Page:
Monday, July 24, 2006

And all too soon, it was done. I mean, it was really done...

It was time to go home. Back to Ota. Our plan for the day was simple: go to the last onsen of the Honguu area, and then hit the highway and drive all the way back. It was Saturday morning, and Joanne needed to be back and teaching on Monday.

The first dilemma of the day: 3 hungry Westerners who were absolutely UNWILLING to have udon or any other Japanese quick-fix for breakfast. Normally not a problem. Just hit a convenience store. But for once, we had gotten ourselves so in the middle of beautiful nowhere, that there weren't even any of those in sight. Panic set in. And then, we saw this: a convenience store on wheels. This guy was driving the streets, selling his unlikely mix of foods, including -YAY- bread products. We were so excited we couldn't even wait to get in the car to eat!

With bellies full, we went to Yunomine Onsen. It was another incredibly quaint stretch of town, and clearly an onsen source. The water bubbling through town was all boiling hot. You could buy all manner of food that you could then put into this caged-off area to cook. Yes, that's right. Boiling water just bubbling up from the earth. As you can see, eggs were a popular choice, although we also saw people boiling potatoes and even garlic. You could also try coffee brewed with onsen water. I quite liked this although it didn't agree with Joanne that much.

This is a picture of the onsen area in the town, with the boiling source water on the left. This onsen offers a choice of hot spring baths. You can use the regular style bath, or you can try the "kusuri onsen" ... medicine hot springs, where the water is 100% hot spring water, and really stinking hot!! Joanne and I went for the second option. It was really old school, hard core bathing. A small change room, and then an equally small bathing area, with taps where you could rinse yourself off, and then one deep, square bath. And no soap allowed in the bathing area at all. I guess they want to make sure to keep the water totally pure. We stunk like sulfur after this one.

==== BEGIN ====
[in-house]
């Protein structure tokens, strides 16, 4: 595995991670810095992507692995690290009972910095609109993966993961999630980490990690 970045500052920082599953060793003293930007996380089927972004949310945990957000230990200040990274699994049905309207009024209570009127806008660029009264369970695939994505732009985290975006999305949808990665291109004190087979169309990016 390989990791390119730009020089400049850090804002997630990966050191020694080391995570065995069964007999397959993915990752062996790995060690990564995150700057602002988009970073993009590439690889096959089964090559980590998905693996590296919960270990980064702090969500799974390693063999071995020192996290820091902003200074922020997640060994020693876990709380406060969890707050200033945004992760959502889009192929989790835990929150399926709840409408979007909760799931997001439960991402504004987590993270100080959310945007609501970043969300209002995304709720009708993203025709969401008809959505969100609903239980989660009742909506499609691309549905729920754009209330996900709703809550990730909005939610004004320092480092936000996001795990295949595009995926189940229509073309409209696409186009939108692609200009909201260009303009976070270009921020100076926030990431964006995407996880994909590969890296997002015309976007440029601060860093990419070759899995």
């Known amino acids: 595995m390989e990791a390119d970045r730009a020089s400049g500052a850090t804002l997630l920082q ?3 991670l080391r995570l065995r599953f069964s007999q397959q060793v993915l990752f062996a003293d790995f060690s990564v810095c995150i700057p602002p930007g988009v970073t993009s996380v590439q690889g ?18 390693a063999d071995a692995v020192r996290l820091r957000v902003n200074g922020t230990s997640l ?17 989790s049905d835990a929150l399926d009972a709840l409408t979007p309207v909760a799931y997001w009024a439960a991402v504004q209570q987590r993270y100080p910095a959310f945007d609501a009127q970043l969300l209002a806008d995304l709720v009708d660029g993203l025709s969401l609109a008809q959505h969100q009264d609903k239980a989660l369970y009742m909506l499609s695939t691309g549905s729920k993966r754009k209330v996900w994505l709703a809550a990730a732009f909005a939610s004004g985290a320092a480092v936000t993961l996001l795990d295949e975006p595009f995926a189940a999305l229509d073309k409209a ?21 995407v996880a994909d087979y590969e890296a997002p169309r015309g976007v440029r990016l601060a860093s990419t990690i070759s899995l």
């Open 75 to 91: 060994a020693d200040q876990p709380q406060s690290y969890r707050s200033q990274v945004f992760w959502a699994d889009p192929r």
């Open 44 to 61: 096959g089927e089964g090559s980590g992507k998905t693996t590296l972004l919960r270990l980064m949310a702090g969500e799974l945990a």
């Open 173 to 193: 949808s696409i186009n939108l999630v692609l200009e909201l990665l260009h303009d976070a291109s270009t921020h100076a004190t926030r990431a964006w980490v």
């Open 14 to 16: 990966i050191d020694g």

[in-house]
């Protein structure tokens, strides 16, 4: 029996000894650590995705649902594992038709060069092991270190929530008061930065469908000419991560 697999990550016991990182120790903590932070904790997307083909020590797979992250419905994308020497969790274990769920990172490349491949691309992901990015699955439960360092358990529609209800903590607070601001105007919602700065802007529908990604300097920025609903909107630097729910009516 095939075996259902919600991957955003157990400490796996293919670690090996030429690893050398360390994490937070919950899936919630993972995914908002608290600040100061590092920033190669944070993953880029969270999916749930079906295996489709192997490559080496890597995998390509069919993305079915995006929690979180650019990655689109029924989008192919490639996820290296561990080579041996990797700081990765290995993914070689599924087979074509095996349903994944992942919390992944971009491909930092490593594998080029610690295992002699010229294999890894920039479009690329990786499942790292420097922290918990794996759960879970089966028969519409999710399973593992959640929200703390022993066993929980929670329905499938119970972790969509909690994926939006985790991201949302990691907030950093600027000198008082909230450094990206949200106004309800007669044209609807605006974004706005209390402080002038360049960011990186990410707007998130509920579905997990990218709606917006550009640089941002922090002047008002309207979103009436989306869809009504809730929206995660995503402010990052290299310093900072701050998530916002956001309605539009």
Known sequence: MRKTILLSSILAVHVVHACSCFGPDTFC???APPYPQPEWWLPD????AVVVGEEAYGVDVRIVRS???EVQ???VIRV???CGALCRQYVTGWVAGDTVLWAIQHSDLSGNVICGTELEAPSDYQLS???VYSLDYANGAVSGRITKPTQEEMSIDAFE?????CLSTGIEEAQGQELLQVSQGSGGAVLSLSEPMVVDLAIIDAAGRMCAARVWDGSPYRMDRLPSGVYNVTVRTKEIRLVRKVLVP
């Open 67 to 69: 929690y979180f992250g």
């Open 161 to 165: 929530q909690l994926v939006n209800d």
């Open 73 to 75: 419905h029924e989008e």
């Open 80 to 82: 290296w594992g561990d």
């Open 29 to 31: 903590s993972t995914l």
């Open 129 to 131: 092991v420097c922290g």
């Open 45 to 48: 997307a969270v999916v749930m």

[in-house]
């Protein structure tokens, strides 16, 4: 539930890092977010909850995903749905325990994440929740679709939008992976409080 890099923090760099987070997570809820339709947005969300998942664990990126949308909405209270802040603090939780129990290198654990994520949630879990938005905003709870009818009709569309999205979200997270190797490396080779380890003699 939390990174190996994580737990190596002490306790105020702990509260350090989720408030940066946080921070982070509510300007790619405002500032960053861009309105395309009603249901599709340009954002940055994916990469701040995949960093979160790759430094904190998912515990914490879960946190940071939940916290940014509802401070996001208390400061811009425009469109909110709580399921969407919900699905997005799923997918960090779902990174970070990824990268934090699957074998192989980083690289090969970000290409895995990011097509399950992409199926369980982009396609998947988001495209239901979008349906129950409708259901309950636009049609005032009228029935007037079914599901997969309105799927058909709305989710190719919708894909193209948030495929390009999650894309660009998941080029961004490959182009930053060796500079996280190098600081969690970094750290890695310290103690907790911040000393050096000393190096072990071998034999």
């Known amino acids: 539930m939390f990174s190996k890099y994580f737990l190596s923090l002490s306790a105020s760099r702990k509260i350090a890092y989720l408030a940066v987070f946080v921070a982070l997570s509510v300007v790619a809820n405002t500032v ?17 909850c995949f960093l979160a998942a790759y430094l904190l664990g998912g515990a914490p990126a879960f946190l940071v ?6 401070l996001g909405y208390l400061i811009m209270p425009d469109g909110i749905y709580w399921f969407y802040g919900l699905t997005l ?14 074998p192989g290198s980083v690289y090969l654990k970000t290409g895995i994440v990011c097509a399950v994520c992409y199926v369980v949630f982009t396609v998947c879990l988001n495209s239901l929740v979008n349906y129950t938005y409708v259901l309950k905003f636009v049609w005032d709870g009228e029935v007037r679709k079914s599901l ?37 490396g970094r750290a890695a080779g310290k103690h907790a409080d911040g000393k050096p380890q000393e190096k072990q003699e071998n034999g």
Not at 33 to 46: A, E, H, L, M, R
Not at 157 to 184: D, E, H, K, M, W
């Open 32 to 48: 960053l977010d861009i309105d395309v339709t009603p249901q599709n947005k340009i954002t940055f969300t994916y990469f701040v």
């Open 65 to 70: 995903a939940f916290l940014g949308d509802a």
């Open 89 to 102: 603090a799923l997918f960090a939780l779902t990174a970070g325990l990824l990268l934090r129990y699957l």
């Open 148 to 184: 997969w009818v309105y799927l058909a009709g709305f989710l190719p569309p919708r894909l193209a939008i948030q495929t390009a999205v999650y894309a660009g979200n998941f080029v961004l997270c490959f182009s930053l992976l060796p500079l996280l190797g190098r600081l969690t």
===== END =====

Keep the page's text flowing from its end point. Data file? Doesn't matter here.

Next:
This bath is the third option. I believe it's called "tsubo no yu." It is a little shack of a bath house. What you see is what you get. It holds a max of two people. You pay and then get the shack to yourself. You'd think people might take advantage of the system and take exhorbitantly long baths. No chance of that. Shortly after seeing someone enter the shack, we would soon hear exclamations of "atsui! ATSUI!" (hot! HOT!). And soon after that, said bathers would emerge very red-faced. Not worth the price of admission, if you ask me. But a neat idea.

After lingering in the town most of the morning, Jeff and Jo managed to drag me out. I really didn't want to leave. I really didn't want it to all be over.

And then we drove. And drove. And drove. Just for fun, here's what Joanne's view was most of the trip.

We arrived in Ota at 2 in the morning, and crashed at a crazy place called the "Mongolian Spa." If you want to know the full story, ask us. But it involves wearing colour-coordinated towel-like outfits, and sleeping in a room full of loudly snoring strangers on blue mats. Ya. Only in Japan.

In the morning, Jeff thankfully dropped me off at Mikiko's before he drove Joanne to the train station where she caught her train back to the jungle of Tokyo. If you didn't believe me before, here's the proof: the Daihatsu, post-trip, in front of Mikiko's apartment. We really did it. Three of us. And it really was that packed full. The whole time. It's a good thing Joanne's short and we all have keenly developed senses of humour is all I can say.

Can I get a wooo-oo wooo-oo?! ;)

1 comment:

Joanne said...

Now the adventures in Canada begin -

woo-oo woo-oo